08th Oct2015

‘The Physician’ DVD Review

by Paul Metcalf

Stars: Tom Payne, Ben Kingsley, Stellan Skarsgard, Olivier Martinez, Emma Rigby, Elyas M’Barek, Fahri Yardim, Makram Khoury, Michael Marcus, Stanley Townsend | Written by Jan Berger, Philipp Stölzl, Simon Block, Christoph Müller | Directed by Philipp Stölzl


When nine-year-old Rob Cole (Tom Payne) feels the life force slipping from his mother’s hand upon her death he is unaware that his gift of sensing impending death would lead him from 11th Century England to a medical school at Ispahan. At a time when Christians are banned from becoming a student at the school, Cole disguises himself as a Jew to become famed physician Avicenna’s (Ben Kingsley) student.

The Physician uses the history of medicine as the foundations of a story that focuses on the power of superstition and religion to hold back progress. In it we see how the Barber (Stellan Skarsgard) is held back from saving lives as to stand in the way of God’s judgement on sick people would be witchcraft. Through experiencing the work of Jewish doctors Cole realises that he must travel to Ispahan to learn true medicine, instead of the basic practices used in England. In the Muslim world we also see the power of religion as it not only views medicine with suspicions but the religious tensions and territorial battles cause a hostile environment just waiting to explode.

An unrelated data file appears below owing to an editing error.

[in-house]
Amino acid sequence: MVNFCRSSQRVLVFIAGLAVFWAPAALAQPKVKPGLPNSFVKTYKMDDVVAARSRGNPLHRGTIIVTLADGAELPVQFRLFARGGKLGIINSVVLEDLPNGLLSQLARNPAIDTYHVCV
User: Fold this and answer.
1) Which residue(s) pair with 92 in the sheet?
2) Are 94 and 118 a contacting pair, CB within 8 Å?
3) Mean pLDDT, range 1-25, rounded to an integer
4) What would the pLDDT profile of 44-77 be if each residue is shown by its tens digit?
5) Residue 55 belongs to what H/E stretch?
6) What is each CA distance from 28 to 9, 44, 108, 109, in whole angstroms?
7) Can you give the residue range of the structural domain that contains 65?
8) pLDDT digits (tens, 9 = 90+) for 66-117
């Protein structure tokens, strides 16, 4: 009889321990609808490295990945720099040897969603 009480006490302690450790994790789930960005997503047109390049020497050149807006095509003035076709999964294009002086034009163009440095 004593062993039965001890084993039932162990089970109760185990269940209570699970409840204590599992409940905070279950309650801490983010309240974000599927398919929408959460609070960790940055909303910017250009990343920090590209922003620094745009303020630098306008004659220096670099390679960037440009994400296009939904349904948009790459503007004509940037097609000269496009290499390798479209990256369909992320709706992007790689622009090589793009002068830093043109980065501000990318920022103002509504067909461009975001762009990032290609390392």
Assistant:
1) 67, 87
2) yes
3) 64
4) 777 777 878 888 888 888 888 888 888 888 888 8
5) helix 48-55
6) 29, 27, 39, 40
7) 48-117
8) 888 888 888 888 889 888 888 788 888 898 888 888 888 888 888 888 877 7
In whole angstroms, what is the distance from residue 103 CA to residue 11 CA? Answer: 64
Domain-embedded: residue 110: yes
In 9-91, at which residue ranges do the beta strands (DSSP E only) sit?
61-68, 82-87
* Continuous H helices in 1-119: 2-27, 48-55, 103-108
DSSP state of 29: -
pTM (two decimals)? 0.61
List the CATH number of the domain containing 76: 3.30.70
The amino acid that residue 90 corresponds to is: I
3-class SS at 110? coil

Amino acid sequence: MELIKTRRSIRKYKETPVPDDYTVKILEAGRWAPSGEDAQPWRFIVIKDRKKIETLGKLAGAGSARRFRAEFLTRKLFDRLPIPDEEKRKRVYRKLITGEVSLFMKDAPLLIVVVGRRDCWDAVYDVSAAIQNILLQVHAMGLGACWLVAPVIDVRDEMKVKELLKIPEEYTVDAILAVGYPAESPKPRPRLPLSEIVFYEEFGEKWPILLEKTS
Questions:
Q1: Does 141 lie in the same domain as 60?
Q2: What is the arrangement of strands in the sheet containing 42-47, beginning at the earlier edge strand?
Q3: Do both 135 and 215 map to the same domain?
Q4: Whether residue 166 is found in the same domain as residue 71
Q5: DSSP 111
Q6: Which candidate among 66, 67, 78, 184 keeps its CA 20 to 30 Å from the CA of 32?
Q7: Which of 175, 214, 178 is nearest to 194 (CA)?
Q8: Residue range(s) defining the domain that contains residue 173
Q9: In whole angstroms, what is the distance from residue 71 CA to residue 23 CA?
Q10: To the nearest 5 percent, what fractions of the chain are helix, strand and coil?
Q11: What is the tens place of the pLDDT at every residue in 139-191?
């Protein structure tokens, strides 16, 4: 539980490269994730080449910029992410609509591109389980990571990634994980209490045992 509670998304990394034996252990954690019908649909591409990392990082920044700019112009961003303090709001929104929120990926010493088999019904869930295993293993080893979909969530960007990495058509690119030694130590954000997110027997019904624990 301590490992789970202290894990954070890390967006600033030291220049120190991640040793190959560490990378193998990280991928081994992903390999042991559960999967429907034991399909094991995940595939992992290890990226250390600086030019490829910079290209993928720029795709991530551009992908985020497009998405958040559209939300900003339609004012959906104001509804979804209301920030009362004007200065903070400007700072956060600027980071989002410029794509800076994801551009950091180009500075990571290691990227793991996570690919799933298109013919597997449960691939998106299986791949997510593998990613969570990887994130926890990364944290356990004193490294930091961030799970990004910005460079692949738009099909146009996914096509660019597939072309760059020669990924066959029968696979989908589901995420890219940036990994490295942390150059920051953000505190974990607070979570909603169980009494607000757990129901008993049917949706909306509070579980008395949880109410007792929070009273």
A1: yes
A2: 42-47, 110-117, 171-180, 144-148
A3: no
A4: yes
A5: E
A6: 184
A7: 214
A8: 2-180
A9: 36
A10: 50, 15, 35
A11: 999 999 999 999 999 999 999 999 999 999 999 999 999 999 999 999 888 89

While Rob Cole’s search for enlightenment and knowledge is admirable his character is a very selfish one. Part of his fatal flaw which leads to danger not only for him but people around him is his acts of stupidity all in the aim of learning more. While it can be argued that this is how progress is made, the act of one individual to push knowledge to new extremes, to risk the lives of others and to disrespect the wishes of patients is not a good trait for the character to have.

Another issue with The Physician is the historical accuracy of the source material it uses. Ben Kingsley’s character for example has his story altered to fit a better narrative for the film. For the historically minded watching the film, this has a certain disrespect for an important person in medical history. Which is why what we see on the screen should be taken with a pinch of salt.

While historically inaccurate this doesn’t mean that The Physician is a bad film, in fact it is quite the opposite. Put aside the inaccuracies and take it as it is, a work of fiction and the film becomes an interesting and very well shot movie. Thankfully the religious tensions don’t overtake the medical side of the story and our focus is pushed towards important events such as fighting off the Plague, which I was thankful for. While religion does play a part, some films allow it to dominate the story and follow well tread paths. The Physician thankfully decides not to fall into this trap.

If you want a film that is purely entertainment, then The Physician is well worth a watch. At two and a half hours it does drag on a little bit too long, but at the end doesn’t feel like it wasted the time it was given. With commanding performances from the likes of Ben Kingsley, Stellan Skarsgard, and Tom Payne, The Physician is a very interesting tale, just don’t look for historical accuracy.

**** 4/5

The Physician is out on DVD in the UK now.

Review originally posted on PissedOffGeek

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